1. A process of making a cereal food comprising the steps of depositing a sheet of cereal dough on a conveyor, stretching the sheet by moving the cereal dough on said conveyor faster than it .is deposited on said conveyor, hardening the surfaces of said layer by cooling with a non toxic cooling gas, cutting the surface hardened sheet into pieces of uniform shape, size and thickness, and then drying said pieces for a sufiicient period of time to equalize the moisture content of each piece.
2. A process of making a ready-to-eat cereal food comprising the steps of partially gelatinizing the cereal dough product, extruding a ribbon of said gelatinous product, stretching the ribbon to reduce the thickness of the ribbon, tempering the stretched product to surface harden the product, further reducing the thickness of the prodnot by passing the ribbon between spaced surfaces which squeeze the ribbon, cutting the ribbon into pieces of uniform shape, size and thickness, subjecting the pieces to elevated temperatures for a sufficient period of time to equalize the moisture content of the individual pieces, and then cooking the pieces.
3. A process of making a ready-to-eat cereal food comprising the steps of extruding a sheet of cereal dough having a moisture content of from about 20% to about 35%, hardening the surfaces of said sheet by cooling, cutting the sheet into pellets of uniform shape, size and thickness, and then subjecting the pellets to a drying medium for a sufiicient period of time to equalize the 6 moisture content at about 6% to about 20% in the individual pellets.
4. A process in accordance with claim 3 in which said pellets are agitated while they are subjected to said drying medium.
5. A process of making a ready-to-eat cereal food comprising the steps of extruding a sheet of cereal dough having a moisture content of about 20% to about 35%, tempering said sheet by surface cooling the cereal dough with a non toxic cooling gas, reducing the thickness of said sheet and simultaneously rippling the cooled surface, cutting the sheet into pellets of uniform shape, size and thickness, and then subjecting the pellets to elevated temperatures for a sufficient period of time to equalize the moisture at from about 6% to about 20% in the individual pellets.
6. A process in accordance with claim 5 in which the thickness of the extruded sheet is from about .035 inch to about .070 inch and which further includes the step of stretching said sheet prior to tempering to reduce the thickness of said sheet.
7. A process of making a read-to-eat cereal food comprising the steps of extruding a sheet of cereal dough having a moisture content of about 20% to about 35 hardening the surfaces of said sheet by cooling; cutting the sheet into pellets of uniform shape, size, and thickness; and then subjecting the pellets to elevated temperatures for a sufiicient period of time to equalize the moisture content at about 6% to about 20% in the individual pellets.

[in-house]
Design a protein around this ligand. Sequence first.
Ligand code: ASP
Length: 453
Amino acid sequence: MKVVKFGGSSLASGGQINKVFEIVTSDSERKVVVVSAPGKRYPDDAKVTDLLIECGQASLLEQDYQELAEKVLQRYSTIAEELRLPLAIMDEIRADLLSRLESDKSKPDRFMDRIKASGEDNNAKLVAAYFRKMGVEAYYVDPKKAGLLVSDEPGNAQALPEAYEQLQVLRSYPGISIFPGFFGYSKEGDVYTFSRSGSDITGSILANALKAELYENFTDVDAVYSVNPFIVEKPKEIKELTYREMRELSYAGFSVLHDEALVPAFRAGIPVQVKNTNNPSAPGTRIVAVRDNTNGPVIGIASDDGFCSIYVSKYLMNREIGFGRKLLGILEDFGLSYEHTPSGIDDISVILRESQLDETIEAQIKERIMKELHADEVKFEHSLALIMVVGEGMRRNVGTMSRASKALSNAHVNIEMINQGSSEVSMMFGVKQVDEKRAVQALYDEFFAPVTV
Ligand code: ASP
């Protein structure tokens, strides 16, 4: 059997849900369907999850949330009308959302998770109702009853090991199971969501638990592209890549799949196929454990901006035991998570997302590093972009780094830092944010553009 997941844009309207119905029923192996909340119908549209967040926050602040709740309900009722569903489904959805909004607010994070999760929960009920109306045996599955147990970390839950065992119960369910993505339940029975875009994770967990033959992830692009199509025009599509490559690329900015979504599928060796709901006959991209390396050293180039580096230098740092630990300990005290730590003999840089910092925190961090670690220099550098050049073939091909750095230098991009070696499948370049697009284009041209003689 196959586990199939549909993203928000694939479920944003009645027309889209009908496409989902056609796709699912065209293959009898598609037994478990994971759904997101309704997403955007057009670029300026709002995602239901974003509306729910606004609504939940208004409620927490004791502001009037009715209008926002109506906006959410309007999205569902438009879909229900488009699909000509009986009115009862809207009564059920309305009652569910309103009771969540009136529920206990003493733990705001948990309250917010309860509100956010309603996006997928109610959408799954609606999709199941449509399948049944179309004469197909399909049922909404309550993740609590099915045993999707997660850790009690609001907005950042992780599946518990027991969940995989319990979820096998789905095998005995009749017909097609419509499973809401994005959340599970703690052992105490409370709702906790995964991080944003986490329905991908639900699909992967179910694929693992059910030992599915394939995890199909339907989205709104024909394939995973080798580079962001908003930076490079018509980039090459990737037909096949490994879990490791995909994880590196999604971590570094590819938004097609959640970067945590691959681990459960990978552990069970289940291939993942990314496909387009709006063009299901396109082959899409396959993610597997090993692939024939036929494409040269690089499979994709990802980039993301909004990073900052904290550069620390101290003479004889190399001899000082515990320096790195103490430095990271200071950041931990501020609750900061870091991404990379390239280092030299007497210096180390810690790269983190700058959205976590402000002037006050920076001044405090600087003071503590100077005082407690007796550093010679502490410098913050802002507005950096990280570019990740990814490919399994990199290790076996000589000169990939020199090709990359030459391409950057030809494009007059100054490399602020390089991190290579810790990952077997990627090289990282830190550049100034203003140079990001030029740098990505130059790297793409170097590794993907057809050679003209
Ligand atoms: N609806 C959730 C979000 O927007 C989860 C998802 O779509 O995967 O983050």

8. A process of making a cereal food comprising the steps of partially gelatinizing the cereal dough product, extruding a ribbon of said gelatinous product, stretching the ribbon to reduce the thickness of the ribbon, tempering the stretched product to surface harden the product; further reducing the thickness of the product by passing the ribbon between spaced surfaces which squeeze the ribbon; cutting the ribbon into pieces of uniform shape, size, and thickness; subjecting the pieces to elevated temperatures for a sufficient period of time to equalize the moisture content of the individual pieces; and then pufiing the pieces.
9. A process of making a cereal food comprising the steps of partially gelatinizing the cereal dough product, extruding a ribbon of said gelatinous product having a moisture content of from about 20% to about 35%; stretching the ribbon to reduce the thickness of the ribbon; tempering the stretched product to surface harden the product; further reducing the thickness of the prod not by passing the ribbon between spaced surfaces which squeeze the ribbon; cutting the ribbon into pieces of uniform shape, size and thickness; subjecting the pieces to elevated temperatures for a sufficient period of time to equalize the moisture content of the individual pieces at about 6% to about 20%, and then cooking the pieces.
References Cited UNITED STATES PATENTS 1,925,267 9/1933 McKay 9981 2,131,450 9/1938 McKay 9981 2,339,419 1/19'44 McKay 9981 2,863,770 12/1958 Spieser 99207 XR 2,882,162 4/1959 Holahan 9980 3,076,711 2/ 1963 Gerkens 99207 XR A. LOUIS MONACELL, Primary Examiner.
R. N. JONES, Examiner.
UNITED STATES PATENT OFFICE CERTIFICATE OF CORRECTION Patent No. 3,332,781 July 25, 1967 John 0. Benson et a1.
error appears in the above numbered pat- It is hereby certified that t the said Letters Patent should read as ent requiring correction and the corrected below.
Column 5, line 45, for "0.70" read .070
Signed and sealed this 16th day of July 1968.
(SEAL) Edward M. Fletcher, 11'.
Commissioner of Patents Attesting Officer
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|U.S. Classification||426/446, 426/465, 426/502, 426/478|
|International Classification||A21C11/00, A23L1/164|
|Cooperative Classification||A23L1/164, A23L1/1646, A21C11/00|
|European Classification||A21C11/00, A23L1/164, A23L1/164F|